Human Rights in MyanmarEdit
Myanmar has been governed by the military since 1962. Despite the fertility of its soil and considerable oil and gas reserves, the country is one of the poorest in Asia - a victim of government corruption and incompetence. The military have maintained their grip on power through the systematic use of repression and violence. The following abuses are said to be commonplace:
- Arbitrary imprisonment of political opponents,
- Use of torture, murder and rape,
- Forced resettlements,
- State control of the media,
- Persecution of religious minorities,
- Ban on freedom of assembly and association,
- Use of child soldiers,
- Use of forced labour.
In 1988, 3000 were killed in anti-government protests. Political concessions followed, and in 1990 the National League for Democracy, led by Aung San Suu Kyi, won a landslide victory in elections. However, the result was ignored by the military and Aung San Suu Kyi, along with other leaders of the party, began lengthy periods in detention.
The 2007 DemonstrationsEdit
In September 2007, demonstrations sparked by an increase in fuel prices quickly mushroomed into the most serious challenge faced by the regime since the 1988 anti-government protests. A coordinating group, “The Alliance of All Burmese Buddhist Monks”, was formed, which denounced the government as an “enemy of the people”. As the international community prevaricated the military acted decisively to suppress the growing uprising; restrictions on the media make it difficult to give clear figures, but it appears hundreds were killed or imprisoned in the clampdown.
The 2010 ElectionsEdit
In 2008, a new constitution was introduced, ratified in a referendum which was widely denounced as being unfair. The 2010 elections were the first to be held under the new constitutional arrangements, and resulted in a victory for the pro-military parties, in particular the Union Solidarity and Development Party. This came as no surprise, as the main pro-democracy group, the National League for Democracy, urged a boycott of the poll. Other opposition parties which did take part have alleged widespread fraud and electoral malpractice, and these allegations have been supported by international observers; a UN committee denounced the poll as being “neither free nor fair.”
It seems the elections will do little to shake the military’s grip on the country. 25% of the seats are guaranteed to the military, and under the terms of the constitution any change to the system must have the support of more than 75% of the Parliament, giving the military a right of veto over any significant political change. Key positions in government, including the ministers of defence, interior, and border security, are reserved to the generals.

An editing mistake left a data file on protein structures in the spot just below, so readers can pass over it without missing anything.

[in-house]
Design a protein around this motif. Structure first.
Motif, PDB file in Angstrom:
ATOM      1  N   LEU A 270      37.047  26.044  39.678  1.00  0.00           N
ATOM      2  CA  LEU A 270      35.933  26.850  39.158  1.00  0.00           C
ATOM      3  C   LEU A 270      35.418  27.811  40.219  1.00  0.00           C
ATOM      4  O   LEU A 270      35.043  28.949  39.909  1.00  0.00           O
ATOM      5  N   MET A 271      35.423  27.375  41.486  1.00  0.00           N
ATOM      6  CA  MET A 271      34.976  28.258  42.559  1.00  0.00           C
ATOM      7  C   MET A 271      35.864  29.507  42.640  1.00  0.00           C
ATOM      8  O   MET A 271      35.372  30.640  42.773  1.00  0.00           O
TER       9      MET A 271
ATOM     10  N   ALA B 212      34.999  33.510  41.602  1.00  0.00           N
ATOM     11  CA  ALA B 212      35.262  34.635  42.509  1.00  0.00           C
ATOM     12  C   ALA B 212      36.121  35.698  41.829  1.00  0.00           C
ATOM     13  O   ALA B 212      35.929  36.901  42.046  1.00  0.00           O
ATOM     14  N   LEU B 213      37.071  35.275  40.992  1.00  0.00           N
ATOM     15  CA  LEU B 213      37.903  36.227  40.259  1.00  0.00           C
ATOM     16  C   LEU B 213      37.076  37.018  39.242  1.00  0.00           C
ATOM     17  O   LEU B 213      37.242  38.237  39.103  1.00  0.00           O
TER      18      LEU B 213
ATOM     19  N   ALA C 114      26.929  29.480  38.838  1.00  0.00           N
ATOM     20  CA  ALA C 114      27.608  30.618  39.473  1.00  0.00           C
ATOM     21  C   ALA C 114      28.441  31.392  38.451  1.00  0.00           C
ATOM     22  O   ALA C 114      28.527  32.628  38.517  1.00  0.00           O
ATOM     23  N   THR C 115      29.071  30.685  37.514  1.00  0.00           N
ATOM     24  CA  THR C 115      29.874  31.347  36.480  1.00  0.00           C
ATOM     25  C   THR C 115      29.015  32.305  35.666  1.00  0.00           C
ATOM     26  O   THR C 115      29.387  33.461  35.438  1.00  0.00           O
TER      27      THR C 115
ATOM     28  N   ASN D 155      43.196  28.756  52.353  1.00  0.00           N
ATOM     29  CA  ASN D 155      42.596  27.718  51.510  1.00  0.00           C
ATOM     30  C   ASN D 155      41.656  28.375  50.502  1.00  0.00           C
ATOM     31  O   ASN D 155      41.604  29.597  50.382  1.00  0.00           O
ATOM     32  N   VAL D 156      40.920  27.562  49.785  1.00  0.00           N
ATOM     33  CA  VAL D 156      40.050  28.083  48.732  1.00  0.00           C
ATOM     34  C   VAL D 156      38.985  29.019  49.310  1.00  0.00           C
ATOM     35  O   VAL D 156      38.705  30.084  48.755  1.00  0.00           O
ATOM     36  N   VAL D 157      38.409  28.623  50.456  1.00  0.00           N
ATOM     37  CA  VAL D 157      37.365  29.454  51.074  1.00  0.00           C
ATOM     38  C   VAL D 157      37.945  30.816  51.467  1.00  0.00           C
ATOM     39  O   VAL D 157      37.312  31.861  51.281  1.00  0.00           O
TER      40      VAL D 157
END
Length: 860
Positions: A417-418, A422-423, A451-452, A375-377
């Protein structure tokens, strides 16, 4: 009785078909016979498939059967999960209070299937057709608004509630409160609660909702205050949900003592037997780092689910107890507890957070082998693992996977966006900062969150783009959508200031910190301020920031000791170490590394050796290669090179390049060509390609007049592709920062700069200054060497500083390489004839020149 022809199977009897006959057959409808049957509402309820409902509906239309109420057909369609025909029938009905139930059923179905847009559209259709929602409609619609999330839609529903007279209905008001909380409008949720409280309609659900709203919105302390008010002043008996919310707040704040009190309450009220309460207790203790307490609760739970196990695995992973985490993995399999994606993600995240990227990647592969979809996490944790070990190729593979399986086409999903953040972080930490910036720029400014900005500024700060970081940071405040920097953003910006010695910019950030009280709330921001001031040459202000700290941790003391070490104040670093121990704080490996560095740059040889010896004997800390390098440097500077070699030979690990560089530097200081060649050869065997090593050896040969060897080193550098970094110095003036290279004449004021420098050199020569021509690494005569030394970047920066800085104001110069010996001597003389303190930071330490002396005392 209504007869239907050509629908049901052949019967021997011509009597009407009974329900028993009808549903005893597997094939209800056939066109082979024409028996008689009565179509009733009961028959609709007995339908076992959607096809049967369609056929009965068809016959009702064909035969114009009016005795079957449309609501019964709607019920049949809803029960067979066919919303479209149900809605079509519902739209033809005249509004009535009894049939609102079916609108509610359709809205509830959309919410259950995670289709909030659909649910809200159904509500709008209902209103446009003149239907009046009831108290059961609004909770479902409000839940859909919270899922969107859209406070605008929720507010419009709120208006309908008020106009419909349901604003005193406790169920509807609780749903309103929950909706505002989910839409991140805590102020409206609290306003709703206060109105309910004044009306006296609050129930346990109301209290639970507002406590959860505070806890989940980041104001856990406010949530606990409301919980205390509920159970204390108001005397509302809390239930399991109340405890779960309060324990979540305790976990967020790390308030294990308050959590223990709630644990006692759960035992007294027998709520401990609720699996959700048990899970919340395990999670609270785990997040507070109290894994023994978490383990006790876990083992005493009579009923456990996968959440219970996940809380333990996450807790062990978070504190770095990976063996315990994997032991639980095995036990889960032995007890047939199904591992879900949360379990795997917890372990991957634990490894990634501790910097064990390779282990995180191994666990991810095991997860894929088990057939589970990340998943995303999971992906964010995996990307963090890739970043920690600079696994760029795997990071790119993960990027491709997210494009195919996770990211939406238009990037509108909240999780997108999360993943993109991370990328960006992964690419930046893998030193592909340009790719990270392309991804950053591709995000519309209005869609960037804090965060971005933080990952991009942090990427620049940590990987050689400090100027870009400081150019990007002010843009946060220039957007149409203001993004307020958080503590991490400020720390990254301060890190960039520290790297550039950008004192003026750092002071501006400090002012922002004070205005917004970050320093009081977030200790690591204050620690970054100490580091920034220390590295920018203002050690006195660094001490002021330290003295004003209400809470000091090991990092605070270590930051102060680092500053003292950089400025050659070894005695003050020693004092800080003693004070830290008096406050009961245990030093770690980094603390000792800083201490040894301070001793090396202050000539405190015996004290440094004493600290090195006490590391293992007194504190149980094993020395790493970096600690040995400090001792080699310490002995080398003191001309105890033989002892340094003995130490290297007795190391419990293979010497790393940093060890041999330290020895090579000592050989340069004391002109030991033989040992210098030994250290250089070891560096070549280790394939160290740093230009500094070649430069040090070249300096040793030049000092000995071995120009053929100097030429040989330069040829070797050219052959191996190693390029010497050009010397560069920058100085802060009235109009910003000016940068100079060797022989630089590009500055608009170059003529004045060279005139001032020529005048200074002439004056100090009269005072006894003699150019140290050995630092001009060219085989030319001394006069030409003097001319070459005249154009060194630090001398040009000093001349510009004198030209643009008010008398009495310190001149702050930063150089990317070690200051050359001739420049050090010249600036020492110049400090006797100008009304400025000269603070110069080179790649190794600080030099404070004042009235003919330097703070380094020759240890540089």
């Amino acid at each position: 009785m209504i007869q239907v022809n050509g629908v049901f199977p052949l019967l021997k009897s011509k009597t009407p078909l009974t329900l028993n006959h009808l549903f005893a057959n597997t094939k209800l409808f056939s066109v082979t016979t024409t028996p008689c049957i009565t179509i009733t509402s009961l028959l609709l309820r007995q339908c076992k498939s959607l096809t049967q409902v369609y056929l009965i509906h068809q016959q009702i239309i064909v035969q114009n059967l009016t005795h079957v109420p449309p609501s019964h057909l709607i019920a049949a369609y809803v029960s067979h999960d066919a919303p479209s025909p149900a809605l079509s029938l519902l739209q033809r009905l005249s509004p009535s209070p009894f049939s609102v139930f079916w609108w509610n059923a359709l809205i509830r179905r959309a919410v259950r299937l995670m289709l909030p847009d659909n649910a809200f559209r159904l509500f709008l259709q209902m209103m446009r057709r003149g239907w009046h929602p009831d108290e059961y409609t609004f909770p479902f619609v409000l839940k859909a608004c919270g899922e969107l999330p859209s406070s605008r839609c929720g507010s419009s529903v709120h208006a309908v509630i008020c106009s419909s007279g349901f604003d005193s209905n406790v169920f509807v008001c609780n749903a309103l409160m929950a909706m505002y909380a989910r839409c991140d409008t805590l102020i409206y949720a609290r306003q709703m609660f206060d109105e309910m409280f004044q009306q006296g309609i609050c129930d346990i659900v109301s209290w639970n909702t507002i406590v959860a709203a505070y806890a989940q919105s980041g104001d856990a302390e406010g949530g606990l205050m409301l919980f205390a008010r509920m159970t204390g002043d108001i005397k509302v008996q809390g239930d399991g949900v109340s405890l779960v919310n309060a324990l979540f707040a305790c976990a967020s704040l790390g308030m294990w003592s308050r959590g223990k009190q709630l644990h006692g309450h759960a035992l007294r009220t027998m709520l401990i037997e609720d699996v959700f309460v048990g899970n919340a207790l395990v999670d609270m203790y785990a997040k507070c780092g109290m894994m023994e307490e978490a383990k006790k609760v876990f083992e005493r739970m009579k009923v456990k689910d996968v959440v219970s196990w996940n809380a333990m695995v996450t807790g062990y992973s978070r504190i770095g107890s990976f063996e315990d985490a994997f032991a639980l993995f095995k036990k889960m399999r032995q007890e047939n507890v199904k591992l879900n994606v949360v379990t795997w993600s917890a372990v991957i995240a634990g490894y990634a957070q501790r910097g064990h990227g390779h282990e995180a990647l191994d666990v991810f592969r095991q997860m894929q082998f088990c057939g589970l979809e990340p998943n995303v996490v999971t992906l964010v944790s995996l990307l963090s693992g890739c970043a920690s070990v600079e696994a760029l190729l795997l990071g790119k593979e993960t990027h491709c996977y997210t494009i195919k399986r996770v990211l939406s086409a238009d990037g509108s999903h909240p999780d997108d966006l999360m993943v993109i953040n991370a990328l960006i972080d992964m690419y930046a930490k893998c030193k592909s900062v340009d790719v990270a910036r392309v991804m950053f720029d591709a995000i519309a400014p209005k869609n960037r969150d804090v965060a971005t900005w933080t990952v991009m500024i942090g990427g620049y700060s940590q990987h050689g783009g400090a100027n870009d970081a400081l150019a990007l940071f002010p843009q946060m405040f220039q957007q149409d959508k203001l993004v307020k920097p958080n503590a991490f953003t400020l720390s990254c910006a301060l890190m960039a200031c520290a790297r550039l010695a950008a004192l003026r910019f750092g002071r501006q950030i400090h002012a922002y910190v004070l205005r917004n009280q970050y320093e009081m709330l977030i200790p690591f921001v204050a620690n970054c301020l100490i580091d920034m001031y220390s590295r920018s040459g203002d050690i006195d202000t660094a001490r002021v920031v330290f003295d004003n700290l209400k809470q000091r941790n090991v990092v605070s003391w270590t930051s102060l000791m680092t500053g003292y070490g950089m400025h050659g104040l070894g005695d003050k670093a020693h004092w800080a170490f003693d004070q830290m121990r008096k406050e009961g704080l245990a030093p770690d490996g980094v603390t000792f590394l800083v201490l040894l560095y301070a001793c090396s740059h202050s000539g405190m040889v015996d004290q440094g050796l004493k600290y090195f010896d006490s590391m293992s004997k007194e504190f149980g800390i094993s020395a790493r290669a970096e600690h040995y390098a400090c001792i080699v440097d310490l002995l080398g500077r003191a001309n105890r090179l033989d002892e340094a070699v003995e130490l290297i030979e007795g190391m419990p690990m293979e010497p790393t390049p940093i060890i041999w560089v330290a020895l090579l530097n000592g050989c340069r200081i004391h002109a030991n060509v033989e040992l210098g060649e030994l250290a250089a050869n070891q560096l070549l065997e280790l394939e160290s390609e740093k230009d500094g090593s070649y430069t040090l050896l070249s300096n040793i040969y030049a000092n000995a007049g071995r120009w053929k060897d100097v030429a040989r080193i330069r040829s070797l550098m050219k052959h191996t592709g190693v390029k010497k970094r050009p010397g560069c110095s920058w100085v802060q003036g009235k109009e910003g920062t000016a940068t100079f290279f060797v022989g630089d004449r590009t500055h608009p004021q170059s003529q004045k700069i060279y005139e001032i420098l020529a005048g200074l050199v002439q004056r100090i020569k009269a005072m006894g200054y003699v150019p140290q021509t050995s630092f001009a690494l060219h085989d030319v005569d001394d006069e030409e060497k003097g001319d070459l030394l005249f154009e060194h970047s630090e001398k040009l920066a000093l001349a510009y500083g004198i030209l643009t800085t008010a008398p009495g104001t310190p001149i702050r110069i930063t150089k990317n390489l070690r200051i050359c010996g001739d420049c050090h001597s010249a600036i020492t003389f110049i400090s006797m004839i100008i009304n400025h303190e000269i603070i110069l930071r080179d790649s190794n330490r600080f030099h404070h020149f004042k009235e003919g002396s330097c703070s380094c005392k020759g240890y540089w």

In 2010, 96 countries backed a UN resolution which condemned Myanmar’s “ongoing systematic violation of human rights and fundamental freedoms.” They also expressed "grave concern at the continuing practice of arbitrary detentions, enforced disappearances, rape and other forms of sexual violence, torture and cruel, inhuman or degrading treatment or punishment." However, 28 countries, including China and Russia, voted against the resolution. China and Russia have often acted to support the military regime. In January 2007, they vetoed a proposed Security Council resolution urging the Myanmar government to end its persecution of minority and opposition groups, and after the 2010 elections China expressed support for the process, and condemned “finger pointing” by the West as unhelpful.
Sanctions have been applied by western nations against the government of Myanmar. Both the EU and the US have put in place measures against the regime, but these have often been criticised as weak and ineffective. Powerful economic interests are at stake; France, for example, has resisted tougher EU sanctions partly due to the fact that Total, its major oil company, invests heavily in the country. Myanmar is rich in natural resources, and many countries, not least China, see economic advantage in maintaining good relations with the generals.
Aung San Suu KyiEdit
The release of Aung San Suu Kyi, in November 2010, made headlines around the world. She has spent most of the last 20 years under house arrest, and, much like Nelson Mandela before her, she has become a symbol of resistance against an oppressive regime. An advocate of peaceful resistance, she commands considerable moral authority, although some of her decisions have caused controversy; for example, her NLD split over whether or not to contest the 2010 poll. She has said that she is prepared to talk to the generals, but her release has not signalled a wider relaxation of repression by the regime; 2200 political prisoners remain behind bars.